Home Letters Re-registration process is clearly designed to make it easier to be de-registered
I am already registered and voted at the last elections. As part of that registration, I was issued a National ID Card.
GECOM staff arrived at my home on August 11 for re-registration. I was asked for a passport or birth certificate. I do not have an original birth certificate. My Guyana Passport has expired. I brought my Canadian passport.
I was not registered because they cannot use my Canadian Passport. I offered my Guyana National Identification Card. This was also not acceptable. I offered my driver’s license and this was also not acceptable. At this point, it appears that I will be de-registered.
Two members of my family do not have original birth certificates; they have colour copies only. They cannot be registered. They were registered before and now it appears they will also be deregistered.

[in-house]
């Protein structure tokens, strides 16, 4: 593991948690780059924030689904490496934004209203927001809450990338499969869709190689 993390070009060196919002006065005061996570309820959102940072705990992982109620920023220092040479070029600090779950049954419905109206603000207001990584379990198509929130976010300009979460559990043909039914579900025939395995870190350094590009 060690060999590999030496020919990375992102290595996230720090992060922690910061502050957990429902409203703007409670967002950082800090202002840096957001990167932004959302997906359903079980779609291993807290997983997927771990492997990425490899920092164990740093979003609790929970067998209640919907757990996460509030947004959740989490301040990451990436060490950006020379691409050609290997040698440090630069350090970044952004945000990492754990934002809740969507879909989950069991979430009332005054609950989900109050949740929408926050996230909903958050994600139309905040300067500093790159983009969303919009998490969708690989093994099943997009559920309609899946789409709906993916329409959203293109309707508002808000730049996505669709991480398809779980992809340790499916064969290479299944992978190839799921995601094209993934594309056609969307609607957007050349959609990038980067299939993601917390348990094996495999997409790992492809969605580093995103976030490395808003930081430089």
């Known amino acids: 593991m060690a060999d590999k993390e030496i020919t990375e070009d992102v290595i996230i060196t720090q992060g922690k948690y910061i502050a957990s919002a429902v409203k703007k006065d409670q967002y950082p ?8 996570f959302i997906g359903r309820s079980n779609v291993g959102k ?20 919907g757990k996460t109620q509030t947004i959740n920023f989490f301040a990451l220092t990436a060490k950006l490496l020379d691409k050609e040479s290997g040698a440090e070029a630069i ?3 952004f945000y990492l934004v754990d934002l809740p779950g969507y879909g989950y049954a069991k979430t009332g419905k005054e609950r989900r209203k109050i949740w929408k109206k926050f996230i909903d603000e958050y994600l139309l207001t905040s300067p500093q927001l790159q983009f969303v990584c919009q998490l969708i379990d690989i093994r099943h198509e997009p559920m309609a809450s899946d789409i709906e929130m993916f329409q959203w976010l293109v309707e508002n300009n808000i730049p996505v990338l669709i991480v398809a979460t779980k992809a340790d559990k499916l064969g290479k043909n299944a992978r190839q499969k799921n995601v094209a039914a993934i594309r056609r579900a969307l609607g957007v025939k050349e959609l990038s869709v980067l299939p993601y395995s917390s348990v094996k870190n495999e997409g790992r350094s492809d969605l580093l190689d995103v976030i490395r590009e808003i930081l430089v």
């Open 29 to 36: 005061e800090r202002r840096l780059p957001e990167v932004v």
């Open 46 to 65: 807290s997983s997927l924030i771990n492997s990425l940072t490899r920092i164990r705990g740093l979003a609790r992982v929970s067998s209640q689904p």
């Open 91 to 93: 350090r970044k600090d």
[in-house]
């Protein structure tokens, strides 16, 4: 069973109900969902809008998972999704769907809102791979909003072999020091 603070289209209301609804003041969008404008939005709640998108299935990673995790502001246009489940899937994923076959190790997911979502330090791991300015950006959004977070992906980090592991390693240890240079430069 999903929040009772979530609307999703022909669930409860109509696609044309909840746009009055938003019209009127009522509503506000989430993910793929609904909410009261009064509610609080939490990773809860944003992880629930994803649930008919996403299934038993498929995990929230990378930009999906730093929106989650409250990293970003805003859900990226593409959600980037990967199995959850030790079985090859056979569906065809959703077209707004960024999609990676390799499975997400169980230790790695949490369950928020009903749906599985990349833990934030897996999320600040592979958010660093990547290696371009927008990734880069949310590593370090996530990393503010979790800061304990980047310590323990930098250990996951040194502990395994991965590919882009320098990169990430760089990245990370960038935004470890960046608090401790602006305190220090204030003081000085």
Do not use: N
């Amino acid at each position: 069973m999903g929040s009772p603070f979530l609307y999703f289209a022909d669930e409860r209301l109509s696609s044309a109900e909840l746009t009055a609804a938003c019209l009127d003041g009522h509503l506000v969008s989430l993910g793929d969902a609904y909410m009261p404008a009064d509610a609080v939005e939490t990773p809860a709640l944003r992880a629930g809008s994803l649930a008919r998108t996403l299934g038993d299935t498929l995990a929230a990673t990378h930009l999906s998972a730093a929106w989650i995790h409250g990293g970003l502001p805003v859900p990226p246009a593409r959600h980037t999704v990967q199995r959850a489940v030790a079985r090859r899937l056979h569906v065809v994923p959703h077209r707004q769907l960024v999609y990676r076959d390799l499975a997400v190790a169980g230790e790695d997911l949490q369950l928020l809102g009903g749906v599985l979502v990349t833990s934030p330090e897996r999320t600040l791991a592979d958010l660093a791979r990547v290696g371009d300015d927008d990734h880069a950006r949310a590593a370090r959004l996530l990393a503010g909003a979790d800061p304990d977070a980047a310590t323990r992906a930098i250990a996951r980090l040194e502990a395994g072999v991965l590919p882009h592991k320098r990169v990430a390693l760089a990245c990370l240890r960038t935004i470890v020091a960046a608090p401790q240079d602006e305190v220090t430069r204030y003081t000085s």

My relative from Canal 1 attempted to re-register. She had her original birth certificate but she did not have her marriage certificate nor her husband’s death certificate. It appears she is also destined for de-registration.
Anywhere you go in this country the National ID Card is accepted. It was issued as a result of GECOM Registration. Since your biometrics will not change, it should be accepted for re-registration.
My clear impression from this experience is that this re-registration process is clearly designed with rules and procedures to make it more difficult to register and easier to be de-registered.
I will have no confidence that the National Register of Voters that this process is likely to produce will be fully representative of the voting population. Too many people will be left out.